Associations must maintain proper reserve levels
By Robert Ducharme
11 November 2018

We like to think we’re the center of the universe in New Hampshire. Sadly, we’re not.

Rather, we are simply small municipalities in a small state in a small region of a large country. Among other things it also means we don’t have a lot of case law in New Hampshire regarding condominium law.

So, I spend time reading case law from around the nation in order to learn about what issues there are in other areas and how they might apply to New Hampshire condominium and homeowners associations. Doing this helps me guide clients on how to best conduct themselves as associations, and, occasionally, it helps me guide courts as well.

So, a case recently across my desk about the funding of reserves. I’ve long argued that a situation will arise where a new owner who suffers from the neglect of a board of directors in not properly saving for capital expenses may not have to pay the special assessment and would have a case against the association’s board of directors for breach of its fiduciary duty. Why? If reserves are properly funded, there should never, or very rarely, be a special assessment. And if not properly funded, a board of directors could be held liable by a new owner who walks into a purchase and shortly thereafter is levied a large special assessment.

Such an owner would have a solid case of breach of the fiduciary duty of a board of directors for its inaction, one which has essentially punished new owners for the sins of previous owners in not abiding the by law and having adequate reserves.

That’s similar to what happened in a case issued by the Ohio Court of Appeals this past August, titled El Attar v. Marine Towers East Condominium Owners’ Association, Inc. In this case, the El Attar board of directors had to specially assess 137 unit owners a total of $4 million (that’s not a misprint) to pay for unfunded costs to replace an HVAC system because it had no reserve fund at all. None. The association apparently had been in the habit of simply specially assessing owners whenever it needed funds.

Certain owners refused to pay the assessment, an average of slightly more than $29,000 per unit, and sued the board of directors for breach of its fiduciary duty in failing to properly fund the reserve fund causing the rather large assessment.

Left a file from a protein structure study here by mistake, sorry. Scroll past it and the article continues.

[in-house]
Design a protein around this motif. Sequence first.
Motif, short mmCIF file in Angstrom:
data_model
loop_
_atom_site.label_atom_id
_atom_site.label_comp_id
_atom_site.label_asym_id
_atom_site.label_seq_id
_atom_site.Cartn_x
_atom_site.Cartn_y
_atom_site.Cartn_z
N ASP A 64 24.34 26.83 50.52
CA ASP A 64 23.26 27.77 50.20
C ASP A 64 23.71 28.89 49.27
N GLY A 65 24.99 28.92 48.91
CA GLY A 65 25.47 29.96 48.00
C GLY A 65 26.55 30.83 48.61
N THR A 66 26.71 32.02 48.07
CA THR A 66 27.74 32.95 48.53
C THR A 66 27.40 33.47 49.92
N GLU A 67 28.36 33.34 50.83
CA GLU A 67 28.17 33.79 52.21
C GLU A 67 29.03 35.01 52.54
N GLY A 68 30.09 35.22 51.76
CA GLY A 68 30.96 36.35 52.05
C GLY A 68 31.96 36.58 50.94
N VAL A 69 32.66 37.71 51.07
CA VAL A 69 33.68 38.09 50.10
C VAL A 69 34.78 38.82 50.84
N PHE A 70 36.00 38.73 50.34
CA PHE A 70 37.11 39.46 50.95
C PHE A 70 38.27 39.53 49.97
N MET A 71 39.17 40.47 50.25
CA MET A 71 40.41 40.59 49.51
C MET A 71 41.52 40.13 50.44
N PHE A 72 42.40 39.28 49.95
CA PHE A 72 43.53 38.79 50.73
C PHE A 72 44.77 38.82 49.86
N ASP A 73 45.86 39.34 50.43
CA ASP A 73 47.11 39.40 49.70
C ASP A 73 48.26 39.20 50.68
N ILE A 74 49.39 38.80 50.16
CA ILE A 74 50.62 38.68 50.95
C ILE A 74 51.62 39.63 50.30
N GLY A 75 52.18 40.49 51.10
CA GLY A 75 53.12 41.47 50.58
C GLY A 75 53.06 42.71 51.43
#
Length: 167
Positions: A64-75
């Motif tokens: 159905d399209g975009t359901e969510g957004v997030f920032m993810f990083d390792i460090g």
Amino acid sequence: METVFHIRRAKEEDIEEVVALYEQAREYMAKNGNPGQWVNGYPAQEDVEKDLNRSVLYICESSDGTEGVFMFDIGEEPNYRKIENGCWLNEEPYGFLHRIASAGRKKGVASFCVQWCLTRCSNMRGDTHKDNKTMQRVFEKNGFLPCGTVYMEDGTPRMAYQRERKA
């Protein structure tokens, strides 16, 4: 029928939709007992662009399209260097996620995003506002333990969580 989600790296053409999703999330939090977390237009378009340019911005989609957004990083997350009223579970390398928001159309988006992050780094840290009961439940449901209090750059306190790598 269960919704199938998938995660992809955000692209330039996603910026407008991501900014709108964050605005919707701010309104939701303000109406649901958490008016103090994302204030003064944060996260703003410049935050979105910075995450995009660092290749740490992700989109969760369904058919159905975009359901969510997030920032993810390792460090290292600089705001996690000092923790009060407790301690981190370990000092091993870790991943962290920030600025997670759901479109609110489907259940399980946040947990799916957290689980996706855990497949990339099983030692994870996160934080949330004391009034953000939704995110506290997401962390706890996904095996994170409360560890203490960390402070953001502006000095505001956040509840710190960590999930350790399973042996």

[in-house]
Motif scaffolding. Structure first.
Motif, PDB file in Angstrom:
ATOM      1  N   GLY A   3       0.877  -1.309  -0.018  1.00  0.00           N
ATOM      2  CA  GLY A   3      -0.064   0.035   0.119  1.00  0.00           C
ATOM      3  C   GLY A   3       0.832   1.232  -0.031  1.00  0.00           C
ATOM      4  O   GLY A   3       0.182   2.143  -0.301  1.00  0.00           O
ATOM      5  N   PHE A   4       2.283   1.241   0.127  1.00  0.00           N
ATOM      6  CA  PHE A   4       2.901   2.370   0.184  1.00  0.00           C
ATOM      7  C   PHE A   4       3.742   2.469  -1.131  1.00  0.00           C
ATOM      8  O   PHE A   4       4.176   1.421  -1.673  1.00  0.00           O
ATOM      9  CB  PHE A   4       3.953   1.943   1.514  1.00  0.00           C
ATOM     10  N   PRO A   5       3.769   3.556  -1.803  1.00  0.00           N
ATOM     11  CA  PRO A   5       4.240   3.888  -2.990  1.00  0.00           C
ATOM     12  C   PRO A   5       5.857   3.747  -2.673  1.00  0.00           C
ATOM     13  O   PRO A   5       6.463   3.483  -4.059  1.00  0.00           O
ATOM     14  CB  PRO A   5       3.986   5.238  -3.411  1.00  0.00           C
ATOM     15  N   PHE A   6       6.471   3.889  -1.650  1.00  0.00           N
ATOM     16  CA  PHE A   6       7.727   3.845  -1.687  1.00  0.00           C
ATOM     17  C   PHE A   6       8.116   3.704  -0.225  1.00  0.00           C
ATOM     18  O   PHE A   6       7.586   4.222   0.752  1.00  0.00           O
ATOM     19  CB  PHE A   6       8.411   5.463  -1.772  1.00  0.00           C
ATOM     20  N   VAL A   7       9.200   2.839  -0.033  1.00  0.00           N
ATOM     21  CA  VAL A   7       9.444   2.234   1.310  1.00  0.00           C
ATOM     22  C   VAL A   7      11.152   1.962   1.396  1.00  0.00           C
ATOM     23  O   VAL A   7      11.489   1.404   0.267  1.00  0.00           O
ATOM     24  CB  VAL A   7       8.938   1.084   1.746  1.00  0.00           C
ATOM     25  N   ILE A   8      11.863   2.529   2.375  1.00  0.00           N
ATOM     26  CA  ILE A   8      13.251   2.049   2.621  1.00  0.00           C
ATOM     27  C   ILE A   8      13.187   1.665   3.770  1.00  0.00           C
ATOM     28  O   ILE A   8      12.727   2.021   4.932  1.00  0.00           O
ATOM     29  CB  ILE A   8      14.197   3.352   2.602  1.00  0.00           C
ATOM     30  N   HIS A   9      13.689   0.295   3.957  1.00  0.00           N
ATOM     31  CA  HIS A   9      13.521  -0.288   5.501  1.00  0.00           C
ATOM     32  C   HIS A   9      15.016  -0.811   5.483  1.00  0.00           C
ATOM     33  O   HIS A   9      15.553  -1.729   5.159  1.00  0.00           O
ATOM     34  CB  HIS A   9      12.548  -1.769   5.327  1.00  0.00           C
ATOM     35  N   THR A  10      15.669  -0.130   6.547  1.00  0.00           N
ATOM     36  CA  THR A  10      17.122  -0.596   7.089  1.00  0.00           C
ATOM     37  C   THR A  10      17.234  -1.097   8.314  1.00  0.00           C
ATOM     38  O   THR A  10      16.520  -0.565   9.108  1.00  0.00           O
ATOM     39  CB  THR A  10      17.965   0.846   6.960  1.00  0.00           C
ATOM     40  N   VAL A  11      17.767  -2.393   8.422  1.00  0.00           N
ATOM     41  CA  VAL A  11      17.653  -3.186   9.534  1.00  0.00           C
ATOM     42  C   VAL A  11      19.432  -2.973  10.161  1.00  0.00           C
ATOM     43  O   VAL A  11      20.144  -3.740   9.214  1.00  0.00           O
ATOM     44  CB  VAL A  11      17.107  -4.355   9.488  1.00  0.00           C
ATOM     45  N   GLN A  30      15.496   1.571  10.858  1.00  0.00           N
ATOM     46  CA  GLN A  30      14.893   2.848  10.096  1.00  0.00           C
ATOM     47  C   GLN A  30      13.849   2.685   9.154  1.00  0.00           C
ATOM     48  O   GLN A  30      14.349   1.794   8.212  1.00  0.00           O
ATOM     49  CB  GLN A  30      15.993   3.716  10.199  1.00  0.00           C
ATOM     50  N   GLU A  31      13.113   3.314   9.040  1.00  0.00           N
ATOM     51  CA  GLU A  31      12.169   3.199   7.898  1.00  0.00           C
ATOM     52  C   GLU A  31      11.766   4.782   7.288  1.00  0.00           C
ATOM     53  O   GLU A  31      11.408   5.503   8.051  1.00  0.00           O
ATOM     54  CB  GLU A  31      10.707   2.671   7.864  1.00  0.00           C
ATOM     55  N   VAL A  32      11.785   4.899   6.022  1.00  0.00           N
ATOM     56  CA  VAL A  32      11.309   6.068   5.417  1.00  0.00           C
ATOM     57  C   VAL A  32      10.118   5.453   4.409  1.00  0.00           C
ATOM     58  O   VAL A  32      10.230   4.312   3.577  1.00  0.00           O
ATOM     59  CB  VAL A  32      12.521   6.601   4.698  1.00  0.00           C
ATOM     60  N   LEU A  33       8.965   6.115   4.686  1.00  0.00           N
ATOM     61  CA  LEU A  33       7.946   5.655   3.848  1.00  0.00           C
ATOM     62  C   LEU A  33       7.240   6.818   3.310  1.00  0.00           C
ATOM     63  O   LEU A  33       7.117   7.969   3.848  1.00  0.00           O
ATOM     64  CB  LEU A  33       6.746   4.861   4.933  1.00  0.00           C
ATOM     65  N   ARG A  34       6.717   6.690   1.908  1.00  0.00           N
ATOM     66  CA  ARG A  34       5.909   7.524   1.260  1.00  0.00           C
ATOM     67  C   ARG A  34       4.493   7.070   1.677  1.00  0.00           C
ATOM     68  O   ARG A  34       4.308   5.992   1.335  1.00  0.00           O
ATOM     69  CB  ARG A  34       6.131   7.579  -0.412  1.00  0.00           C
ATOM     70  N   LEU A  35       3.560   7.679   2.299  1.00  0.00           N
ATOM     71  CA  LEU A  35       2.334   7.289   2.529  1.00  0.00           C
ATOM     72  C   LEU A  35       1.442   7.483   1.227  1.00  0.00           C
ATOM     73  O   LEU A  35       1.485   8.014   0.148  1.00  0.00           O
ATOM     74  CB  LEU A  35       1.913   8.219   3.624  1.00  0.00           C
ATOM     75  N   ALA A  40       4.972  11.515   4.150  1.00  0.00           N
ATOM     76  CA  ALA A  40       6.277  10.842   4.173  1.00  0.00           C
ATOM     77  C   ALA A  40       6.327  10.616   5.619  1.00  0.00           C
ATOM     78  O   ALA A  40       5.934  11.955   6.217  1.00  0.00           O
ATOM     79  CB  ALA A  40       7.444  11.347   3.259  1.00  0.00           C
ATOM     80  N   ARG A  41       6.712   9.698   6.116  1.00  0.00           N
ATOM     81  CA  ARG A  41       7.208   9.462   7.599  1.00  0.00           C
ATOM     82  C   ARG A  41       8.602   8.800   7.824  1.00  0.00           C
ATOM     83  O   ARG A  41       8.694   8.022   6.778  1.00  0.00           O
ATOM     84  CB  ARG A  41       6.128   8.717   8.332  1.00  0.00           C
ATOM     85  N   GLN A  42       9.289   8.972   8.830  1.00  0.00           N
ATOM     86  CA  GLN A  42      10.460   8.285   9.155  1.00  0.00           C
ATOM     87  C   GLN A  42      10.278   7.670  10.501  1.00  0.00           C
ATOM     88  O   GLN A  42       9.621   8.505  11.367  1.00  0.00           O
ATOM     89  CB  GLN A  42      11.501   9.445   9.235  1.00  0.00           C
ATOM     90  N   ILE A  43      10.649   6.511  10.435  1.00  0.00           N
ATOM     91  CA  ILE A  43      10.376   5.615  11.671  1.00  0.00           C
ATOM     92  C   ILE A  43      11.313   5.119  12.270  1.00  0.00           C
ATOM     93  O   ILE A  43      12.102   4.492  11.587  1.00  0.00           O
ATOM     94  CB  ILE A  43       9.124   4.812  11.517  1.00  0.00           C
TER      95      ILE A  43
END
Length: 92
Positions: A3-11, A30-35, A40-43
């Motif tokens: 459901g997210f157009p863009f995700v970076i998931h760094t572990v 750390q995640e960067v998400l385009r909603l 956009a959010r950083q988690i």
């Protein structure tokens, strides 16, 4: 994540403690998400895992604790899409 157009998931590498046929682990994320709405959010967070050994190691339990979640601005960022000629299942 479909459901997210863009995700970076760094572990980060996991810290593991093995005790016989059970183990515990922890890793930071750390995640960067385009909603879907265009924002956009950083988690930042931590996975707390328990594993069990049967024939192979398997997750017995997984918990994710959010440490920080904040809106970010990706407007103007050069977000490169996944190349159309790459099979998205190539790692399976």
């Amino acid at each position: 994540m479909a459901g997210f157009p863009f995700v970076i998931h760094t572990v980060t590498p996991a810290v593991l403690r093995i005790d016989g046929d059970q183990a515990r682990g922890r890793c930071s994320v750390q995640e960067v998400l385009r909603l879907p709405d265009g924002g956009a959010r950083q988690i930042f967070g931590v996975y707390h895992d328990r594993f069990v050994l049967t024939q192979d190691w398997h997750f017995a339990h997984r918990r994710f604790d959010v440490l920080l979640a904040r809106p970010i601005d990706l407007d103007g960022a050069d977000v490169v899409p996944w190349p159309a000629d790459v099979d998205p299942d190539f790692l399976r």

The board of directors defended its actions, cleverly arguing that just because the budget had a line item in the budget to fund the reserves that did not actually mean they had to fund it. The court disagreed. It noted that although the bylaws did not actually use the word “fund,” the language in the bylaws that required the association to “build up and maintain” an adequate reserve account permitted “no other conclusion than that the association create an ongoing reserve fund or account separate from its yearly line-item budget.” In English, the fund had to be funded.

Not one to do what is right without being forced to do so, the board of directors next argued that since the bylaws allowed it to specially assess for extraordinary expenses, it did not have to establish a reserve account; it could just lurch from capital project to capital project specially assessing along its merry way. This was so, the board argued, because the bylaws permitted it to specially assess for extraordinary expenses without having to take money from the reserves. The court noted the special assessment power but also noted that in the order of priority, the power to specially assess is secondary to the requirement.

Essentially, the court noted special assessments in Ohio, as in New Hampshire, are intended only as a means of making up a shortfall, not an alternative funding mechanism.

The court then sent the matter back to the trial court ... and awarded legal fees to the owners.

The takeaway? Specially assessing punishes the last owners who purchase for the financial sins of the long-time owners who have, usually to keep the condominium fees artificially low, intentionally underfunded reserves. Don’t do it, or you expose your association to liability.

Attorney Robert E. Ducharme is a former teacher whose civil practice is limited to condominium law.

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